Circular society – transitioning jobs & skills
A circular economy is about consuming and using differently, with a much greater focus on the life cycle of products, to reduce consumption of raw materials. This will lead to changes in the value chains of products, with implications for jobs and skills in various sectors. In some sectors, we are likely to experience job losses. At the same time, vital work streams in the circular economy related to product design, repair, reuse and recycling which are all labour intensive will become more prominent providing job gains at all skills levels. To sustain a process towards a more circular economy, shifting the current tax burden from labour to resources will be important and require courageous political decisions.
A move away from a consumption model based on take, make, dispose to one that is based on using rather than owning, for example via collaborative consumption networks and sharing models, can also have positive benefits for the social cohesion in neighbourhoods and local communities.
MODERATOR: Karl Falkenberg
Circular partnerships – breaking silos, creating communities
Transition to a circular economy requires the involvement of all sectors of society – citizens, civil society, entrepreneurs, business, financial institutions, all strands and levels of government. At European level, the Commission has set up a multi-stakeholder platform, bringing together the EU level umbrella organisations of the relevant stakeholders, to support the process of implementing the circular economy package. Citizens have a vital role to play as consumers and users of products and services. Citizens at times embrace consumption and service concepts, with little regard to the production model on which they are based. Citizens thorough their purchasing power can drive industry to embrace more circular products and services. Based on this link local governments often work in a multi-stakeholders approach to understand their input in transition to a circular economy.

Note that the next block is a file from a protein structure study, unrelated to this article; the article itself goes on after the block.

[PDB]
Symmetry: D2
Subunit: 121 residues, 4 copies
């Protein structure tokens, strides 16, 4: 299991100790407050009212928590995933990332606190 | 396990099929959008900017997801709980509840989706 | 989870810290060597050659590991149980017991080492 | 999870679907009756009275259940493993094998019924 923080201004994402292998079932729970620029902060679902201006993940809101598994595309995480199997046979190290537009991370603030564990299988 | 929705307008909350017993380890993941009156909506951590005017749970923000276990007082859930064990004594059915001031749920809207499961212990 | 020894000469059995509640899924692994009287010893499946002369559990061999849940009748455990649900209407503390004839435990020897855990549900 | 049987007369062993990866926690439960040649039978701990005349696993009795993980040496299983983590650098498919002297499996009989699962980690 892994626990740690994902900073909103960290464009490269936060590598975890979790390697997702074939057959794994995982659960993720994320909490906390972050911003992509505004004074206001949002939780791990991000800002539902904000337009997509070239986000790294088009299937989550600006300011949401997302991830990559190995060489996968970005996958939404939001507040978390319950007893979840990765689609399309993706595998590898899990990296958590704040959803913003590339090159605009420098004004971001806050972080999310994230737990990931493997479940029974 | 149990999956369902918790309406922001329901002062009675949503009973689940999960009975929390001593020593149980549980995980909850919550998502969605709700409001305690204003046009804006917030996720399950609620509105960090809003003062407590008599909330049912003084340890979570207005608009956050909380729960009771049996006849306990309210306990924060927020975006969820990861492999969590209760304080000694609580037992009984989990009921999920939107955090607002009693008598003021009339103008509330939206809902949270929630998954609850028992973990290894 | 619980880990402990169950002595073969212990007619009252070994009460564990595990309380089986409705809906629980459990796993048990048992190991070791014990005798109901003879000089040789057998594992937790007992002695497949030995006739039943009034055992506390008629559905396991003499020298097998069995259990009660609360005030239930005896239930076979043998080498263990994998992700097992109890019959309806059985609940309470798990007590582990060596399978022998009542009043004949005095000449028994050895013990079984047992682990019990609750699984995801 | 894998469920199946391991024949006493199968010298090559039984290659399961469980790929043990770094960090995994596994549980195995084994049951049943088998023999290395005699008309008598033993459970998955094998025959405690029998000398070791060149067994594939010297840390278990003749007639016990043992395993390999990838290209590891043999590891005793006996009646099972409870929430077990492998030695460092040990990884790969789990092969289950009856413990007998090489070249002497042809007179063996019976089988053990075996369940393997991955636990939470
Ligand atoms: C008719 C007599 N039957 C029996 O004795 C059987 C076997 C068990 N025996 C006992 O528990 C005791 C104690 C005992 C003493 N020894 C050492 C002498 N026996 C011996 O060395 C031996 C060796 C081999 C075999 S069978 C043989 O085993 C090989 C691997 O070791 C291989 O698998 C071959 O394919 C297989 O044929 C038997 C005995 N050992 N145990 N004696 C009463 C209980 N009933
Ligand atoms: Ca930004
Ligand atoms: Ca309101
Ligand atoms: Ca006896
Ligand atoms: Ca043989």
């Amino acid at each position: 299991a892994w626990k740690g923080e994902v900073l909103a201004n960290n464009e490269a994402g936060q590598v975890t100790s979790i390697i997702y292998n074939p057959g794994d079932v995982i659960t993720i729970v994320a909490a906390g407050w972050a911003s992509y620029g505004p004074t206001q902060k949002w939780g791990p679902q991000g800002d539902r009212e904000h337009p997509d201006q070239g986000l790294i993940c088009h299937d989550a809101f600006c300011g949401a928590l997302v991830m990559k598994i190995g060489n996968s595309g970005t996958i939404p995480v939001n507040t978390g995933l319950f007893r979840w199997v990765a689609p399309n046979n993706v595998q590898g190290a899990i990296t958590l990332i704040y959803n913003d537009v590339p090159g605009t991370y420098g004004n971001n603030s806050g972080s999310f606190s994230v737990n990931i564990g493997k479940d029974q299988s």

New technologies and open data empower stakeholders to engage directly in the transition of a circular economy. In addition, if we combine the principles of a regenerative and restorative economy, with Internet of Things technologies, which provide information about the condition, location and availability of assets, there is potentially an opportunity to scale new models more effectively.
MODERATOR: Igor E. Bergant
Circular business – the power of public procurement
For business models to become more circular, companies need to increasingly design products with asset recovery in mind, to source material in regenerative loops and develop revenue models that protects value up and down the chain. Products are services and leasing rather than owning will become increasingly common. Companies are beginning to work also on the basis of next life sales, where products can we reconditioned or transformed for reuse. Technological developments are bringing recycling to the next stage, and collaborative consumption has been scaled up dramatically through digital platforms.
City authorities play a strong role in terms of building capacity with local companies to become more circular. City authorities are also procurers and through their important spending power can unleash the potential of the circular business models by applying EU’s guidelines for green public procurement. As part of the circular economy package, the Commission has committed to taking further action on green public procurement in 2018-2020.
MODERATOR: Ladeja Godina Košir
Circular growth – developing the urban model
The built environment shapes and conditions the growth of our cities in terms of population and area. Most cities seek to densify their urban environments and prevent urban sprawl to support more sustainable ways of living when people live closer together, e.g. by reducing energy consumption for heating and pollution from private cars when people live in compact neighbourhoods.
The circular economy principles are to preserve natural capital, to optimise resource yields and to foster system effectiveness. When these principles are applied to urban development and to how we manage growing cities, it can trigger new approaches with less pressure on urban resources, reducing for example waste and carbon emissions and strengthening an integrated approach to growth.
One precondition for applying circular principles to urban growth, will be to improve our ability to join forces across sectors such as energy, taxation, employment, economic development and waste management. This is challenging at all levels of government, but city authorities, with the insights and knowledge of local conditions, needs and challenges, are well-placed to lead the process towards more joined up policy making.
MODERATOR: Chris Wherry